It is 3 a.m. Dutifully, my phone replays “Questions In a World of Blue” by Julee Cruise for what seems like the millionth time. My headphones have long since broken, so Cruise’s soothing, yet haunting, voice now just sounds tinny.
I think that everyone has gone through a sort of mental funk this past year. It’s probably inevitable, what with the backdrop of a pandemic and the bleak reality of fascism. I’d like to think that I’ve handled it better, but then I would be shoving the record of my horrendous lack of self-care under my bed.
I would not say that I’ve had the typical life experiences. You could probably put me in a room with a psychiatrist and they would be able to get a couple of pages of interesting notes – something to pore over on a dull night, at the very least (and haven’t we had a surplus of dull nights during the pandemic?). But the crux of the matter is that I feel like I’ve lost the thread.
What do I mean? Well, certainly the aforementioned pandemic-fascism backdrop has not helped, but I think I have found myself floundering in terms of the meaning of life. Specifically, my life. In general, most people would say that they want their lives to have meaning. In order for lives to have meaning, they have to be somewhat cohesive. Imagine that our lives are like stories. We don’t understand stories, or at least, we have trouble understanding stories when they seem to have no clear plotline.
So when I say that I feel as though I have lost the thread, I mean that I feel as if the story arc of my life has disappeared – although, maybe it was never there to begin with. Instead, I am left with a jarring sense of disembodied memories and of voices with no clear speaker. It is all very Proustian, but instead of biting into a madeline and thinking of my mother fondly, I look out the window at the snow and am filled with the sense that my life has fallen apart.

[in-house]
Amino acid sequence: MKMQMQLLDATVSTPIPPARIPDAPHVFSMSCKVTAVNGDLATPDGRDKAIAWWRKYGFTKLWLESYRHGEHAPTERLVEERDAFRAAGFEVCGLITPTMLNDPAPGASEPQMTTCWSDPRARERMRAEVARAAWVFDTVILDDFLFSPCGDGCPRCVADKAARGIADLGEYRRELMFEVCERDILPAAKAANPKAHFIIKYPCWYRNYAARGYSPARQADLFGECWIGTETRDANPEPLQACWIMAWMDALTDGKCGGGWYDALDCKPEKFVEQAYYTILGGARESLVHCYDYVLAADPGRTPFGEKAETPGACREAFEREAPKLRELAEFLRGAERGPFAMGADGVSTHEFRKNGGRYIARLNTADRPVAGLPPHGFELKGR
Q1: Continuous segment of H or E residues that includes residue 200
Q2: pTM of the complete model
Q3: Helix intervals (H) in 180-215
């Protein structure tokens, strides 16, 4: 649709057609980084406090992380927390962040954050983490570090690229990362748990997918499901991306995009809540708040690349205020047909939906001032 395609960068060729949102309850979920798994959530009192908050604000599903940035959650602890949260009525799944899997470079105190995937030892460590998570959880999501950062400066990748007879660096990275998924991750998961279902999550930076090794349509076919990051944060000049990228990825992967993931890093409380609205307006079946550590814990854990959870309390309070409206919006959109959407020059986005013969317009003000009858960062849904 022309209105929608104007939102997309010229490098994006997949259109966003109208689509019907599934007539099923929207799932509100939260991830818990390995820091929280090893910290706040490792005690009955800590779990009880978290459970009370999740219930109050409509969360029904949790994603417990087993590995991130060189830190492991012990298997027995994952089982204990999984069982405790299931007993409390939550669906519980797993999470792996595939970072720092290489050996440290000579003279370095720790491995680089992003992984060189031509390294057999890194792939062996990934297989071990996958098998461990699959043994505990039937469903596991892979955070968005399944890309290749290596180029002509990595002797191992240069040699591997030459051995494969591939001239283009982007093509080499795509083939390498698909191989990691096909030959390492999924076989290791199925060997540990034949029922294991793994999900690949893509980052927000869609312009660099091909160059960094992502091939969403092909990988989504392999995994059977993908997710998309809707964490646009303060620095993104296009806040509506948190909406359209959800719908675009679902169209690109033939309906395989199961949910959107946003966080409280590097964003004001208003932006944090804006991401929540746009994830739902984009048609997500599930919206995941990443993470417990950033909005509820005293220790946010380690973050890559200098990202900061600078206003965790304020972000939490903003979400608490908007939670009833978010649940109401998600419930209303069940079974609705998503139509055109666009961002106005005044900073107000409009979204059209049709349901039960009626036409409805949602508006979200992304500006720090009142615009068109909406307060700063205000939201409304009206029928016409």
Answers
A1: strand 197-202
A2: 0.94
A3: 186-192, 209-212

Obviously, one might imagine that this is a rather untenable condition. Something must be done to alleviate it – something meaningful must be found. Still, it was not evidently clear what I should do. How does one find a story arc in a 19 year-long, confused story? And, why should there be such clear parallelism between my life and a story – why should there be unifying themes whatsoever? Maybe things really were meaningless.
Such were my thoughts as I wandered from my campus and, as Edgar Allen Poe wrote, “Back into my chamber turning, all my soul within me burning.” I should know better though than to hopelessly despair as if I had no philosophy professors who end up counseling me, even if rather indirectly.
I am currently taking Philosophy of Science with Dr. Sperry. One of the essential issues we are tackling in the class is how to demarcate science and non-science. In other words, how can we distinguish science from other non-scientific fields of inquiry? What is science?
One of the most compelling ways to speak of science is through a framework proposed by the philosopher Thomas Kuhn. He described his “paradigmatic normal science” as the way of understanding science as a field of inquiry in “The Structure of Scientific Revolutions,” one of the required readings for the class.
I will not go into excruciating detail about the arguments presented in the book, but I will touch upon the major conclusions because they unexpectedly led me to a potential resolution to my own personal crisis.